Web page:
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The day book. (Chicago, Ill.) 1911-1917, November 02, 1914, LAST EDITION, Image 14

Image and text provided by University of Illinois at Urbana-Champaign Library, Urbana, IL

Persistent link: http://chroniclingamerica.loc.gov/lccn/sn83045487/1914-11-02/ed-1/seq-14/

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"Wallack's. theater. It is, of j course,
lust a series of enisodes from Dick
ens' wonderful story, but wonderf ullyJ
well chosen. The company is Eng
lish, -with the exception of Emmett
Corrigan, who plays Dan'l Peggotty,
and gives a .noteworthy characteriza
tion of that hearttorn old salt. Two
other remarkable performances are
those of Lennox as Micaber and O. P.
Heggie as Uriah Heep. The produc
tion is in every way a treat.-
The dramatization of Owen John
son's novel, "The Salamander," is not
a success. As is so often the case,
the story has not lent itself to dra
matic form, and the excellent cast
provided by Selwyn & Co. toils in
(Copyright, 1914, by the Newspaper Enterprise Association.)
As Djck kissed me good-bye this
morning he said : "Don't worry, Mar
gie, it will surely come out all right."
Just then Harry Symone drove up for
him and they went off to make up
some plan of action.
I was not sure I was doing right,
but as soon as he was gone I called
up Eleanor Fairlow. She seemed sur
prised and perhaps I was a bit sus
picious, I thought her voice had a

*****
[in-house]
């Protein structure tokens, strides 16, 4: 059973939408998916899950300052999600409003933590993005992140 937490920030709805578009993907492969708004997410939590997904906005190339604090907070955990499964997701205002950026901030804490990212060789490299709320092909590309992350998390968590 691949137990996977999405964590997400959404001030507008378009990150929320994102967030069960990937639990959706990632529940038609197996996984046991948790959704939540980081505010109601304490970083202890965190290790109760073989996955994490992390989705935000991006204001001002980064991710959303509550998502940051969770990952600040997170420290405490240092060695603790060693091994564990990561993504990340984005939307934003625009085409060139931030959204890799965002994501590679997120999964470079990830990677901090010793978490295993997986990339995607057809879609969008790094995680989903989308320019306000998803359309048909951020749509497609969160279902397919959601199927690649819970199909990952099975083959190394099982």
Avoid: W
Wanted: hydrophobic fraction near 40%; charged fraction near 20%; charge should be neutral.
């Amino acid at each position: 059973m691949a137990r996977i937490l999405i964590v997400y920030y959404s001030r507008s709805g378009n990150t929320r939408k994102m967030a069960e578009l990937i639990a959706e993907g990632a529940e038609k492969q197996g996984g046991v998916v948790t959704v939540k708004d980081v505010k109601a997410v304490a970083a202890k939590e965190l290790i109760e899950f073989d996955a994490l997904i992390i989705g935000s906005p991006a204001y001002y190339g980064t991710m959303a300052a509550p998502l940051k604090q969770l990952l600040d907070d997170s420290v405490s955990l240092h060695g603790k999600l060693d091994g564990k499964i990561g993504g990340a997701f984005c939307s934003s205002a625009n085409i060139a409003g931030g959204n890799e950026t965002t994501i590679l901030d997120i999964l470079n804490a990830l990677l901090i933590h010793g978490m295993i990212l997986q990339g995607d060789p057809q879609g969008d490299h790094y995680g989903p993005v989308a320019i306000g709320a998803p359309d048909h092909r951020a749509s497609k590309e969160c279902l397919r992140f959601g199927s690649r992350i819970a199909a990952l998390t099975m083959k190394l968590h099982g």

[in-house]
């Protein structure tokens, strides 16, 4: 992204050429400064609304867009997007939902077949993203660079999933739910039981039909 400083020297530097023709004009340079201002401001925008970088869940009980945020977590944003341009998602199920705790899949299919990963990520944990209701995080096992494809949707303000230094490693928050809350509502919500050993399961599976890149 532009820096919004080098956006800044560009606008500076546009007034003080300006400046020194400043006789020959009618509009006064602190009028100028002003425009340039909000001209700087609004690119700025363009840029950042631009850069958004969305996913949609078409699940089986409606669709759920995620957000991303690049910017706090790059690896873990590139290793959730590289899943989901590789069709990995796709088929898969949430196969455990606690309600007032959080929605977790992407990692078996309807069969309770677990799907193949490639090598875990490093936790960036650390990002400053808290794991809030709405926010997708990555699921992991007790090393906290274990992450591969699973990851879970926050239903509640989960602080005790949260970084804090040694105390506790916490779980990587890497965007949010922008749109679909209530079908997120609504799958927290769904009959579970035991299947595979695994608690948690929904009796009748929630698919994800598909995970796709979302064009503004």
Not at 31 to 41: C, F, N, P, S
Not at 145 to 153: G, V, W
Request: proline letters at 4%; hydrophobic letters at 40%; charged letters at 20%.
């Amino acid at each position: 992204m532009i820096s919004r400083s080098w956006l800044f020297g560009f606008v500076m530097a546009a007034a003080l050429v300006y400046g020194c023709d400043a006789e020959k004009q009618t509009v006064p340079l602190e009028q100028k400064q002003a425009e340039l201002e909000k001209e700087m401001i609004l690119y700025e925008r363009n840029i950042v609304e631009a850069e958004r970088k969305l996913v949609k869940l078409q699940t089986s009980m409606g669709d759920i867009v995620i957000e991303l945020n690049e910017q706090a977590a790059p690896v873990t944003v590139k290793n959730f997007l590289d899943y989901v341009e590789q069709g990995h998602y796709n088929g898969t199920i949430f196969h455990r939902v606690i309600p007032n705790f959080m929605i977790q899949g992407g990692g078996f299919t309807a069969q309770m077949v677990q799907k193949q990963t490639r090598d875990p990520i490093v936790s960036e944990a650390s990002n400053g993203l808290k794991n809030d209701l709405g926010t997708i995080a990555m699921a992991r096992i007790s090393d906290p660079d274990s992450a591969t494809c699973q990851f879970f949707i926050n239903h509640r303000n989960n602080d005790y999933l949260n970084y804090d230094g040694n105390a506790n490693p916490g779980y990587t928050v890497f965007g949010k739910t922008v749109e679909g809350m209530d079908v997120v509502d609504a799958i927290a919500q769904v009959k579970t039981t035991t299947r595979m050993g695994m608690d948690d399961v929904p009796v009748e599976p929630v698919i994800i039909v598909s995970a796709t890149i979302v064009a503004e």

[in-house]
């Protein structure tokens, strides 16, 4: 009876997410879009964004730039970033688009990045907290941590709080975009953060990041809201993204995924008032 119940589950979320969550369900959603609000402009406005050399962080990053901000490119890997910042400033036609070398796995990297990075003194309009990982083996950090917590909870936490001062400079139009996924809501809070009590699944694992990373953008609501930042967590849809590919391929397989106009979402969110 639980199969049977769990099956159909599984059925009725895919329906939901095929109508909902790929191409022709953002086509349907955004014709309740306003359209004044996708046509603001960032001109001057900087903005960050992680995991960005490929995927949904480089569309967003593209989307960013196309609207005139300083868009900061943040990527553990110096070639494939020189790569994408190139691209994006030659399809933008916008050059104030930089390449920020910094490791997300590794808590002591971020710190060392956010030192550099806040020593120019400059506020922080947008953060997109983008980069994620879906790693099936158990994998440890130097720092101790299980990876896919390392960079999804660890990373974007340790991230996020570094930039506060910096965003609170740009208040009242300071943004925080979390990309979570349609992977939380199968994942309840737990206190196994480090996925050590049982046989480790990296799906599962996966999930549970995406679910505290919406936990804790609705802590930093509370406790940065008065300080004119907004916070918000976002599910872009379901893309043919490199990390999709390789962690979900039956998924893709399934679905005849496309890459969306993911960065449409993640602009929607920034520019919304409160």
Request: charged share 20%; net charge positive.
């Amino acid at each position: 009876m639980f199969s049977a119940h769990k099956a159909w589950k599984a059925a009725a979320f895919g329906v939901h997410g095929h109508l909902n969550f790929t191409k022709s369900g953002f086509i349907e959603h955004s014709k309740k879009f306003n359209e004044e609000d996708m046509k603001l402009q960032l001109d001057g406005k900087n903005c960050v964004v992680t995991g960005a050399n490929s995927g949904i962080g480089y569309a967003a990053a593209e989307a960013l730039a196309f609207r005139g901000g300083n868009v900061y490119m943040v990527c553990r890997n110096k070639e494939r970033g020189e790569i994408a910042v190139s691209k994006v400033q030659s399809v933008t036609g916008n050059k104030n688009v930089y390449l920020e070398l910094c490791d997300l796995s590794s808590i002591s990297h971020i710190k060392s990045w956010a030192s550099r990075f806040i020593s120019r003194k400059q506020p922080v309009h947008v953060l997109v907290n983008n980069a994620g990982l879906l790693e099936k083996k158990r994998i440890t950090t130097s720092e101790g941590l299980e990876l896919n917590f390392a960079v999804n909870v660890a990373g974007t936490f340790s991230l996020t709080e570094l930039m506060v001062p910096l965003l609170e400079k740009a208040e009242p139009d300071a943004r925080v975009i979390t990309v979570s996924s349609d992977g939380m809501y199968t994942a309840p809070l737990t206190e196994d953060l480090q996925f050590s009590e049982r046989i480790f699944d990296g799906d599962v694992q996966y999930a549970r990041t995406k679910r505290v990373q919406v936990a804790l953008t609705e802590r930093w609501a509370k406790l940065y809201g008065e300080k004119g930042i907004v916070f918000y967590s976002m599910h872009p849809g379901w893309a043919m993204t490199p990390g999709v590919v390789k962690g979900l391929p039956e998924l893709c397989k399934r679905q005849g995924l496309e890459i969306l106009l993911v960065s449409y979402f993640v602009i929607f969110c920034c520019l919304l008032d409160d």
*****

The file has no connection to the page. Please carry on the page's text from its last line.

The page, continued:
note of worry in it.
"Are you going out this after
noon?" I asked.
"No," she answered.
"Then I'm coming over to see you.
I want to know if you will help me a
little in some charity work I am do
ing." There was a distinct tone of relief
in the answer: "I'd be very glad to
do so, Mrs. Waveriy."
I am quite sure that Eleanor Fair
low will be a good woman to have on
my committee at our bazaar. She is
very pretty and has a fine personality.
I have never heard her say an ugly
thing about any one and the feeling
that she is still in love with Dick is
more intuitive than one based on any
thing that I have seen or heard.
Perhaps she will help us out with
her knowledge of Dick on the train,
but I am going to be very careful to
sound her on the subject before I tell
her anything.
I wonder what I would do if some
other woman had married Dick after
.1 had fallen in love with him? I al
ways have an idea that Eleanor Fair
low feels as though I were the inter
loper and that if I had not appeared
on the scene she would by this time
have been his wife.
I am very sorry for this, for per
sonally I Jike her; she interests me,
she is a brilliant thinker, has a sense
of humor and with the one excep
tion of where her friend interfered
with her love would certainly make a
splendid friend.
I have been wondering ever since I
saw her at the luncheon that I left
because Dick did not want me to call,
him "honey" before her, if ever two
women loved a man enough for both
to make sacrifices for him, not know
ing which he cared for most both
suspecting that he cared for the
I thinkvDick loves me best of all
in the world, but I know down deep
in my heart that I will never be satis
fied with that I want all his love. I
also am almost sure that if Dick had
not met me he would have married
Eleanor Fairlow and probably been as
happy with her as he has been with
me. And here I am this morning go
ing to this woman to probably ask a
favor for my huBband.
Would I grant it if I were in her
Besides, I think, perhaps, I am a lit
tle curious to know just how long
Dick stayed up and visited with Miss
Fairlow on the train.
I keep telling my thoughts to you.
L -i-fS-i. UMtf vfi. J HI W

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